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Important Tips for Better PowerPoint or Keynote Presentations

Over and over, I see people make PowerPoint or Keynote presentations that are lifeless, boring, and dull.  They don’t have to be.  Visuals should help you make an impact, and if you want to really connect with your audience, here’s a few suggestions from my experience:

— Text bad.  Pictures good.  If you have more than 10-15 words on a slide, then re-think the slide.  YOU’RE ALREADY SPEAKING.  Why put the text of your talk on the screen?  It’s boring and will instantly put people to sleep.  Use pictures and illustrations to make your point with IMPACT.

— If you can’t deliver an interesting talk WITHOUT slides, then you won’t be interesting WITH slides.  Slides illustrate and enhance.  They won’t make you interesting.  Make sure you know how to speak well or don’t get up.

— Think bullet points.  “The 5 Keys to Business Success.”  “The 10 Principles of Crisis Leadership.” “The 7 Biggest Mistakes in the Media.”  It’s easier for the audience to take notes, keeps the talk moving, and they remember more.

— Don’t read a script or notes.  If you’re going to read your talk, then print it and hand it out.  Don’t waste everyone’s time.  Learn to speak without being tied to your notes.

— Think 20-30 minutes MAX for your presentation.  Film director Alfred Hitchcock was asked how long a movie should be.  His reply?  “…as long as your butt can hold out.”  Same is true of presentations.

—  Learn the technical side of presentation software, your computer, and video gear.  More often than not, the tech guy at your meeting will be an idiot.  If something goes wrong, he won’t be able to help – and often will screw things up more.  So know how to set the screen resolution, adjust the preview screen, mirror or un-mirror displays, and set your connections.  Most important – have all the connectors with you for all kinds of equipment.  (And back up batteries for your remote.)

— Arrive early to get comfortable with the room, and allow time to overcome any technical difficulties.

— Request the type of microphone you’re most comfortable with ahead of time.  I use my hands a lot and hate hand mikes.  I prefer a lav or headset.  If you don’t ask ahead of time, they don’t have what you need.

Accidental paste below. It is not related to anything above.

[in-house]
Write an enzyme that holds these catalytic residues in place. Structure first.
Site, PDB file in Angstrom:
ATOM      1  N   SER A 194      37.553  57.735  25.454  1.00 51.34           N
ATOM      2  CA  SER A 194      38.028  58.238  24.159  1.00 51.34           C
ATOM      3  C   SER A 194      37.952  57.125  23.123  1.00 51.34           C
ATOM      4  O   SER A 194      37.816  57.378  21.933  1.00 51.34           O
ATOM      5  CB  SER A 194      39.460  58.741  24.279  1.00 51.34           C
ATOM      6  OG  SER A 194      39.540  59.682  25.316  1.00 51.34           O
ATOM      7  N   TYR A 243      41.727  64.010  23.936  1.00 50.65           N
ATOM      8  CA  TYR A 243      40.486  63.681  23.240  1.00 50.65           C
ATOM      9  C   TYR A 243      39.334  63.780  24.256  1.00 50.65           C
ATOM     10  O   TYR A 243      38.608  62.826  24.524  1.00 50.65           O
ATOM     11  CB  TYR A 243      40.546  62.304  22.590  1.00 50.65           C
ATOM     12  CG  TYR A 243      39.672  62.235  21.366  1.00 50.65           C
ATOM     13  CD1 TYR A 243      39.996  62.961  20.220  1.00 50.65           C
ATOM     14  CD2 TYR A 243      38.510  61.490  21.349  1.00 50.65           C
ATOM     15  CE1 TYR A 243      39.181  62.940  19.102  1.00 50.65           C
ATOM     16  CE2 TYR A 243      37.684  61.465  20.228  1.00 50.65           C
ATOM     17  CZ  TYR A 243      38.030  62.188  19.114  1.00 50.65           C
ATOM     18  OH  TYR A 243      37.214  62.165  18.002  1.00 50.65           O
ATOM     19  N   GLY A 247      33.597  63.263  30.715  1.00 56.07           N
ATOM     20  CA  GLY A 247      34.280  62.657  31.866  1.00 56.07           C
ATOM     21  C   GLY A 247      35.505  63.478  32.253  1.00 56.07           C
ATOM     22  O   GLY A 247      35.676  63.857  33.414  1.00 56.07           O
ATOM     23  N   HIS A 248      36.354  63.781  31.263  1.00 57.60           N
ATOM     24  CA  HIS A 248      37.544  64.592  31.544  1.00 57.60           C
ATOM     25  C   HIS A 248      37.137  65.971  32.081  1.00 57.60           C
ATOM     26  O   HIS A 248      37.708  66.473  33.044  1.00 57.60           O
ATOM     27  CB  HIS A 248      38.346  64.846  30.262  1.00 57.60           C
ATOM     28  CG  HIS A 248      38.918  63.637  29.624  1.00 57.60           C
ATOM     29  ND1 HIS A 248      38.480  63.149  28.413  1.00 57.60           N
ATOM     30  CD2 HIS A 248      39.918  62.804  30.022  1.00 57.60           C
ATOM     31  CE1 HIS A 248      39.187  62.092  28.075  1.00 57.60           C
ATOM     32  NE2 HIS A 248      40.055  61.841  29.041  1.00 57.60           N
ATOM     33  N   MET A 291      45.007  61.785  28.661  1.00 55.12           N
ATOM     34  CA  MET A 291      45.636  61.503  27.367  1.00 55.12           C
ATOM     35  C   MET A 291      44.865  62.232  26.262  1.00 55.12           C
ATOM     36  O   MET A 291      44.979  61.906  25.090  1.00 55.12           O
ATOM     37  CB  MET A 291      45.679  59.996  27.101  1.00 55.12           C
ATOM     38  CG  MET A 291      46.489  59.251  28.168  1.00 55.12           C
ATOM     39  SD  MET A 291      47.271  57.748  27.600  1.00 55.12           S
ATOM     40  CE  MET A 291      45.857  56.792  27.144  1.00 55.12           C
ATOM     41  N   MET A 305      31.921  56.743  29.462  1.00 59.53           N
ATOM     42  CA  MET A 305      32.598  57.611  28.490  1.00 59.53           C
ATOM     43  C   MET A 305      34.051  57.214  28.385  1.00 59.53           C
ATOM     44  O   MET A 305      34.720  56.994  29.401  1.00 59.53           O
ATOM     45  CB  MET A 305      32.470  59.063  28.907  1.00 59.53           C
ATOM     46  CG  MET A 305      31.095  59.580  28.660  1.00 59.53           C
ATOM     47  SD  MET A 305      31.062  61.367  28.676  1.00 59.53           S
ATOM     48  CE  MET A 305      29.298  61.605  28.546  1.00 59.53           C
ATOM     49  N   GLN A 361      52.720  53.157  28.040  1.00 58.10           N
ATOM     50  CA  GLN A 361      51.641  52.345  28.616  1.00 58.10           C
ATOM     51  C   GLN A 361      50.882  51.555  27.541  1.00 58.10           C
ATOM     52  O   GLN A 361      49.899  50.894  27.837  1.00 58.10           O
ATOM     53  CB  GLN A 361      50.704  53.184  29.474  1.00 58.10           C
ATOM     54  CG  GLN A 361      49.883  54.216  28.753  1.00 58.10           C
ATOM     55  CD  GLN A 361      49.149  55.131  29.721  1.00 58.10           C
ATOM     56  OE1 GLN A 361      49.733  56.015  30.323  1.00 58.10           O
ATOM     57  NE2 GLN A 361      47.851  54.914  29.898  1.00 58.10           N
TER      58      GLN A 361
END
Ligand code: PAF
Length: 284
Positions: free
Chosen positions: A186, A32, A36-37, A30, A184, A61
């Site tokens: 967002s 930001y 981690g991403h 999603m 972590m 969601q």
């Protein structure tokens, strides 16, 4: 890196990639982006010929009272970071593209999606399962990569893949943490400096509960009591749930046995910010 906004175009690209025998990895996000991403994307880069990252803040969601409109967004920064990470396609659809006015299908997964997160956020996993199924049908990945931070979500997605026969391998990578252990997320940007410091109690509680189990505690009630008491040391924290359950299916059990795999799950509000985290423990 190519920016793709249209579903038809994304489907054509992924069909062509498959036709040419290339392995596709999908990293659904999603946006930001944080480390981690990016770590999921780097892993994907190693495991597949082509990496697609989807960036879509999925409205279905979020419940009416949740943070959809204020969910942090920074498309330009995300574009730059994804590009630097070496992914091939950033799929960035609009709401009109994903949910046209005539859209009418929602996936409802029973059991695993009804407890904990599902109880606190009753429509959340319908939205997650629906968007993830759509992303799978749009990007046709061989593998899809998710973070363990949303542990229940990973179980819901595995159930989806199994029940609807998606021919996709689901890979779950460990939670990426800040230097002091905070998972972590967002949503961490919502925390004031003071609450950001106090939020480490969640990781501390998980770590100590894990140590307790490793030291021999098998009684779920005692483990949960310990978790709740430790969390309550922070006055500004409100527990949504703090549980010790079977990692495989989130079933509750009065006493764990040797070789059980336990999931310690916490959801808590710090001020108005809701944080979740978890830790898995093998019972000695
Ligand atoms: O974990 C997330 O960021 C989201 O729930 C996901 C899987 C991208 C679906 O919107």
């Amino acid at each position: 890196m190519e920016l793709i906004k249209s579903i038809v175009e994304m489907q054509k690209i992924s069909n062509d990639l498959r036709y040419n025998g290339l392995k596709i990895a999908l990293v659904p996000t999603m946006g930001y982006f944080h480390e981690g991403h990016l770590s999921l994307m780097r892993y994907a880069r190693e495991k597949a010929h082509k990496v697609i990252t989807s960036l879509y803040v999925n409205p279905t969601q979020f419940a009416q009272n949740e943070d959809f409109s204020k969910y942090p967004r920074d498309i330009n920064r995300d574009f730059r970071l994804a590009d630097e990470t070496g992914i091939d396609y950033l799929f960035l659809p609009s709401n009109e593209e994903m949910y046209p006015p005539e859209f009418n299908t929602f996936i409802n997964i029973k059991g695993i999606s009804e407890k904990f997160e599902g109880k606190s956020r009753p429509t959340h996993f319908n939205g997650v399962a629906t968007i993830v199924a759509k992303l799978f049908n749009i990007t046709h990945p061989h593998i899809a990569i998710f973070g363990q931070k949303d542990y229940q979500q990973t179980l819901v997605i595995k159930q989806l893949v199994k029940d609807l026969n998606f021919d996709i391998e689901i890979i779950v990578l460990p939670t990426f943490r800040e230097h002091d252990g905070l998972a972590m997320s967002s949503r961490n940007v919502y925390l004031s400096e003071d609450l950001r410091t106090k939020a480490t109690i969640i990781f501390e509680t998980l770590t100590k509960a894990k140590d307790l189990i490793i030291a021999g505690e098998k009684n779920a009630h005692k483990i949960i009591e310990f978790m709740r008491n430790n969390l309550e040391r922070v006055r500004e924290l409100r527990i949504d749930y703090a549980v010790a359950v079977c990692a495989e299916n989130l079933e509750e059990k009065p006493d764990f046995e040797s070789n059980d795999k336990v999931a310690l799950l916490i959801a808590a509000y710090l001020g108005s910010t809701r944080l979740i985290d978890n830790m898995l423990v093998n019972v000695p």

— Buy this book now:  “Give Your Speech, Change the World.”  Tim Sanders (“Love is the Killer App” and “Today We Are Rich”)  recommended it to me, and it’s one of the most important books in my library.  Brilliant book on how to speak effectively.

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  1. One situation where text in presentations helps is when you are speaking to an audience for whom English is not their first language. Many people read English much better than they understand spoken English and having key points written on the screen can considerably aid understanding. Although I agree that as a general rule, our presentations should focus on images over text

  2. Good stuff – especially about knowing your software and gear. In addition, tell the venue what you’re bringing with you. As an idiot tech guy, I’ve spent too many times under the gun trying to make someone else’s computer and/or software work properly OR editing their presentation because they weren’t sure what they were going to use. I know a lot of systems and a lot of software but there is a lot of equipment out there and this idiot tech guy can’t learn them all.

    1. Brilliant point Greg.  The truth is, most often it isn’t an “idiot tech guy” but a good one who’s been thrown into the situation without any preparation. Plus, everyone’s laptop is set up different ways.  So thanks for making that point.  Good call.  

  3. Another great resource to get you thinking visually. If you can make it to one of Scott McCloud’s lectures on Cartoons and Visual communication, its worth the effort. Just saw him this week in New Jersey. Really makes you think about how people in this generation learn (visually) and how we can better adapt our presentations to connect with them. He’s not “Christian” in fact the presentation does have a few risque moments. But well worth the effort to see it. The talk on “Visual Iconography” is especially thought-provoking. Every pastor should learn to think and present concepts visually. Here’s a link to one of his early presentations, mostly about comics 

    His more recent lectures are more general about visual communication, but this early one still contains some gems of info.

  4. Phil…I especially like your second bullet point. I’ve seen many who seem to rely on flying bullets and “cool” transitions to “make” their presentations. They don’t. Most attendees are interested in YOU and what you have to SAY. I’ve never heard anyone say “I can’t wait to see his/her PowerPoint!” 

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